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Study Reveals Troubling Violence Against Women Statistics

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New findings from a Center for Disease Control survey reveal that nearly one in five women have experienced sexual violence.

CREDIT: istockphoto / Spauln

A new study by the Center for Disease Control reveals that violence against women continues to be a significant problem in the United States, and some of the troubling findings indicate that sexual violence occurs at a high rate.

According to the national survey, nearly one in five women has been raped or has experienced an attempted rape. The results also found that one in six women has been stalked, and one in four have been reported being beaten by their intimate partner.

The National Intimate Partner and Sexual Violence Survey [PDF], conducted by the CDC in 2010, found that the majority of victims encountered rape and sexual assault for the first time in their youth. Of rape victims, 80 percent reported being raped before 25 and nearly half of female victims said they were raped before they turned 18. Of male victims, more than a quarter—28 percent—said they were first assaulted when they were 10 years old or younger.

According to the New York Times, the study also linked being raped at an early age with being more likely to be raped in adulthood–about 35 percent of women who had been raped as minors also reported rapes as adults.

This study also recorded other types of domination like psychological aggressions, coercion, and control of reproductive and sexual health—factors that had not been previously considered when conducting such surveys.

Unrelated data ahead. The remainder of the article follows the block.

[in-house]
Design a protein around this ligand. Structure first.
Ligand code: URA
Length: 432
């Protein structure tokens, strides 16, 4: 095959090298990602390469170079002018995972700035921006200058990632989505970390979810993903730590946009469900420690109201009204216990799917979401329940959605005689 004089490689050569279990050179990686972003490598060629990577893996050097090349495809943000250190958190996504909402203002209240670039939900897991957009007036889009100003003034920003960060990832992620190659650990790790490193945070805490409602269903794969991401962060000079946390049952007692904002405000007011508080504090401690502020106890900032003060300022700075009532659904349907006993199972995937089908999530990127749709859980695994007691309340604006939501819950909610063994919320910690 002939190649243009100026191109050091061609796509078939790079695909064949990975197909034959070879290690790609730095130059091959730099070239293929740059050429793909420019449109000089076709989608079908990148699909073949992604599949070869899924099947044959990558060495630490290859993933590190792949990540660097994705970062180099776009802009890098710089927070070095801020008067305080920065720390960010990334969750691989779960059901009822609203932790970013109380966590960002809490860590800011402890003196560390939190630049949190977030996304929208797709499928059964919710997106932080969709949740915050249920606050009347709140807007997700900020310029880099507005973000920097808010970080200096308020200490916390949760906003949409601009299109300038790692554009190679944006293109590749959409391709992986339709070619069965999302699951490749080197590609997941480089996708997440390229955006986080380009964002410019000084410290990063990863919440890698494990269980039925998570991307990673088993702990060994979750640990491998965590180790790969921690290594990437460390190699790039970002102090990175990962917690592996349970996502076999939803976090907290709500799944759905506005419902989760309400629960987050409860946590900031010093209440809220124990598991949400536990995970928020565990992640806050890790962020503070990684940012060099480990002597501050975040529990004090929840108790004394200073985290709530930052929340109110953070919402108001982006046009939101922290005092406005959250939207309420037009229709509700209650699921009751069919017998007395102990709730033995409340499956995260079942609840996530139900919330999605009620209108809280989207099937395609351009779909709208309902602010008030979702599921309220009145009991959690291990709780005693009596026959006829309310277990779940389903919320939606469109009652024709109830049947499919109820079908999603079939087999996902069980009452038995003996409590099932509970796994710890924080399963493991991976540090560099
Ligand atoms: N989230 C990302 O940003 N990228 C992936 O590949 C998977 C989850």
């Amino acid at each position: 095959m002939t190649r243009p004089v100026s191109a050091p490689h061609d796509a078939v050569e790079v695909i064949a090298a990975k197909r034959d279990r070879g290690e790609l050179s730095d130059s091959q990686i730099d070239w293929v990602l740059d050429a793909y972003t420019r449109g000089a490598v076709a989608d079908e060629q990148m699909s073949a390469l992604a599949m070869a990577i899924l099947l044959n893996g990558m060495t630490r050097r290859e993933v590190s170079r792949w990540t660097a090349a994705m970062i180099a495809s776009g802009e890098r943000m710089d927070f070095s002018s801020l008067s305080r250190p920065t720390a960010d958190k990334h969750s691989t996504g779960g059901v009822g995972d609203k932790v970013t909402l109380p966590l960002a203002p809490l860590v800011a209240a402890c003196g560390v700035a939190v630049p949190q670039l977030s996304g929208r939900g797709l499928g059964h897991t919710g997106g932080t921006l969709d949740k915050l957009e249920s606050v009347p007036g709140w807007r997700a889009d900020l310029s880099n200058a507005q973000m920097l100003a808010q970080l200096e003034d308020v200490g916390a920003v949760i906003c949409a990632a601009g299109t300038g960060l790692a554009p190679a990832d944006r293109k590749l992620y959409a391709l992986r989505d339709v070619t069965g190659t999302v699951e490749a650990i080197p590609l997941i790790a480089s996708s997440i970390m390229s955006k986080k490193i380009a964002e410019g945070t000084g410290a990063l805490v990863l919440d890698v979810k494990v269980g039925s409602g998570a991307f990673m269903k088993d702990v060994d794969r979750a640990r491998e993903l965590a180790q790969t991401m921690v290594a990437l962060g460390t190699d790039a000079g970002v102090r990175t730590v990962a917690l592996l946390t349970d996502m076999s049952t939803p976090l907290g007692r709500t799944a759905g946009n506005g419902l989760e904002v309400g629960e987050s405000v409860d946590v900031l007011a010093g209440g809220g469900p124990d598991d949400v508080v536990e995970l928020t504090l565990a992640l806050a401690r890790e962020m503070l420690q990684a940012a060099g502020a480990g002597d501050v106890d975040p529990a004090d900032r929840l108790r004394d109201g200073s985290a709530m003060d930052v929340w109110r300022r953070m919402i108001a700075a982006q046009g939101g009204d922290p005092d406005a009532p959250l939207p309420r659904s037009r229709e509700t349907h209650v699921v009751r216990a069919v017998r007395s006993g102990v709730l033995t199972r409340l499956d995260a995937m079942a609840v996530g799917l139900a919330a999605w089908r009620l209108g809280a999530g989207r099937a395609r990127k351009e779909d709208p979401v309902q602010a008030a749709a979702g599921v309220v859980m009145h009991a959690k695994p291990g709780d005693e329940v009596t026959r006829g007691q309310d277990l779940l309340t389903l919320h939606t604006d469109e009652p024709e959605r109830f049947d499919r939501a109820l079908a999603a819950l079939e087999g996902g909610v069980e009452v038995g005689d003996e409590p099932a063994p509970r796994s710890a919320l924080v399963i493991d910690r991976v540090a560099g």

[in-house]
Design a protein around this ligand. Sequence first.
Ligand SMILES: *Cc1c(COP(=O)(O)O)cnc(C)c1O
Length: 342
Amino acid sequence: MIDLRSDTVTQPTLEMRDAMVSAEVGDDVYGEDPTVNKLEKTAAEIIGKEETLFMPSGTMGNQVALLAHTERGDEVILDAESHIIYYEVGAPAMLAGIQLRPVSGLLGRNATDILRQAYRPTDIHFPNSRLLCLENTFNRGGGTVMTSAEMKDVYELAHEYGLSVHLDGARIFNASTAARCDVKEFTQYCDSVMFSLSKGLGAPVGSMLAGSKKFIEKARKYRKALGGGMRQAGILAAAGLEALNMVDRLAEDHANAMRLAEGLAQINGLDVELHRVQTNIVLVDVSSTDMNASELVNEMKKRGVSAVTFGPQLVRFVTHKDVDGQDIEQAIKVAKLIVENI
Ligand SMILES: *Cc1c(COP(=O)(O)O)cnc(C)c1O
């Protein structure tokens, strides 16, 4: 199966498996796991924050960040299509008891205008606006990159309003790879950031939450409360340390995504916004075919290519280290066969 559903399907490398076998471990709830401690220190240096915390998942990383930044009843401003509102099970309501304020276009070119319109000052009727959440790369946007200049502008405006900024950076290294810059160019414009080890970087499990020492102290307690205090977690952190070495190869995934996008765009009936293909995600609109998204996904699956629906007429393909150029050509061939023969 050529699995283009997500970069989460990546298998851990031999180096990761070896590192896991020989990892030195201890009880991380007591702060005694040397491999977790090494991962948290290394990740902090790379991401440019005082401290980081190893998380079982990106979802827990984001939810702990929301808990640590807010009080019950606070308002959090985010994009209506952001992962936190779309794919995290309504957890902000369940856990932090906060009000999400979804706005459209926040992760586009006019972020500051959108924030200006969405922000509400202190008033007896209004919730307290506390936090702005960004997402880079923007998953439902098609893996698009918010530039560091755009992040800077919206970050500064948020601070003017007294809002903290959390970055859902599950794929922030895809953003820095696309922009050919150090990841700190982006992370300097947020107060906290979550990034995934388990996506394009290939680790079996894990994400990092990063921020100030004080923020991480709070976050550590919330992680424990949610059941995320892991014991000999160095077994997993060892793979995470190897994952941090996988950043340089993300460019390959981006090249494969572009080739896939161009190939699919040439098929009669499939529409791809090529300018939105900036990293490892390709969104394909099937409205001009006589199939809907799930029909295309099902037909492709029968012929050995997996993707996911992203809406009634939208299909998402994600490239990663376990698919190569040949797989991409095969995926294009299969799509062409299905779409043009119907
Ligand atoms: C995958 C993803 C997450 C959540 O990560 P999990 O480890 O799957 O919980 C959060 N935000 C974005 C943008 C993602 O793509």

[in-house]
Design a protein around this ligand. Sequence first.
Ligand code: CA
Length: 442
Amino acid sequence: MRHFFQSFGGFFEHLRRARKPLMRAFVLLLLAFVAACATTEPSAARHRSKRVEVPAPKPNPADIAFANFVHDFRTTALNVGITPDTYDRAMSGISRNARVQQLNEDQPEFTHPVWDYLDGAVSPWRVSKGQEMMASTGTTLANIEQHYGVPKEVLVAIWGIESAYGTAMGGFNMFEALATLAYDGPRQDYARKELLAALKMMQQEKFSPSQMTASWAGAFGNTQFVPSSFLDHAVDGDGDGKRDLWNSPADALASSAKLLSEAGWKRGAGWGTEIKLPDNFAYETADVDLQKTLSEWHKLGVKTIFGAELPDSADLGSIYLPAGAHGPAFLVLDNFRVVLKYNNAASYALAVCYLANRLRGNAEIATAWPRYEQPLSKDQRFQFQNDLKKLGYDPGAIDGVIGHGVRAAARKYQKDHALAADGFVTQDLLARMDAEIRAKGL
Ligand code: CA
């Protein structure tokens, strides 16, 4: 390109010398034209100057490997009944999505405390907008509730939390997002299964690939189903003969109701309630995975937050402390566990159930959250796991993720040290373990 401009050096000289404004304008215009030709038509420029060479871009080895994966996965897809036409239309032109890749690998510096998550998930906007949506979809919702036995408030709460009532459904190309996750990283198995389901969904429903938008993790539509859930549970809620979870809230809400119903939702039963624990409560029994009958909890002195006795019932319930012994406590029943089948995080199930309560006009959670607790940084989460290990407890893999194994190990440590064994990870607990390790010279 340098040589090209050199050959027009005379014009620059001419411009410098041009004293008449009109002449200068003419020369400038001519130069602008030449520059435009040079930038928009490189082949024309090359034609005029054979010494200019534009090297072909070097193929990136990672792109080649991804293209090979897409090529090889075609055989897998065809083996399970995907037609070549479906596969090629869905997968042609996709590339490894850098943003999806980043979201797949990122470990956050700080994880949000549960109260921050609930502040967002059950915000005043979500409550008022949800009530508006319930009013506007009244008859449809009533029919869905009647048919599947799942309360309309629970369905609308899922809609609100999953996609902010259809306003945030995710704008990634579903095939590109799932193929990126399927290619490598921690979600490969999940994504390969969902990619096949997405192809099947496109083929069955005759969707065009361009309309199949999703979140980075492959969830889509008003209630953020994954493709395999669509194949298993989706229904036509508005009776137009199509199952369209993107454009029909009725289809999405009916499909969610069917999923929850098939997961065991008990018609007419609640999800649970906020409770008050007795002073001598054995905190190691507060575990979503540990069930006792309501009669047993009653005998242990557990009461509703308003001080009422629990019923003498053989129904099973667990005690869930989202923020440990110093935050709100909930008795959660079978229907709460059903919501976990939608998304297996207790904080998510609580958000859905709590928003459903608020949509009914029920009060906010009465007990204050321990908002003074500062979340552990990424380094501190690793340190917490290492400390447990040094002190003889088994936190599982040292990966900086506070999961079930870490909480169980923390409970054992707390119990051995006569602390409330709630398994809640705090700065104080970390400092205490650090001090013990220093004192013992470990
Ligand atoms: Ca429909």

Women and men who were sexually assaulted also reported having more physical and mental health problems, ranging from asthma to diabetes to irritable bowel syndrome. The majority of victims reported symptoms that are typically associated with Post-Traumatic Stress Disorder (PTSD).

In the majority of cases, both male and female victims said they were raped by someone they knew—either an intimate partner or an acquaintance. 

According to the Times, the study’s “broad” definition of rape—completed forced penetration, forced penetration, facilitated by drugs and alcohol, or attempted forced penetration—calculated that one percent of the women surveyed were raped last year, suggesting that as many as 1.3 million women could have been raped in 2010.

That number is considerably high when compared to the Department of Justice’s estimate that around 188,000 persons were raped last year. The Federal Bureau of Investigation’s statistics indicate that there were just fewer than 85,000 assaults defined as forcible rapes reported in 2010.

Those low figures indicate that the common definition of rape may be too narrow, or that many victims are afraid to report such violence.

Earlier this month, the FBI expanded its definition of rape from “carnal knowledge of a female forcible and against her will” to include “penetration, no matter how slight, of the vagina or anus with any body part or object, or oral penetration by a sex organ of another person, without the consent of the victim."

Naima Ramos-Chapman is an associate editor at Campus Progress.

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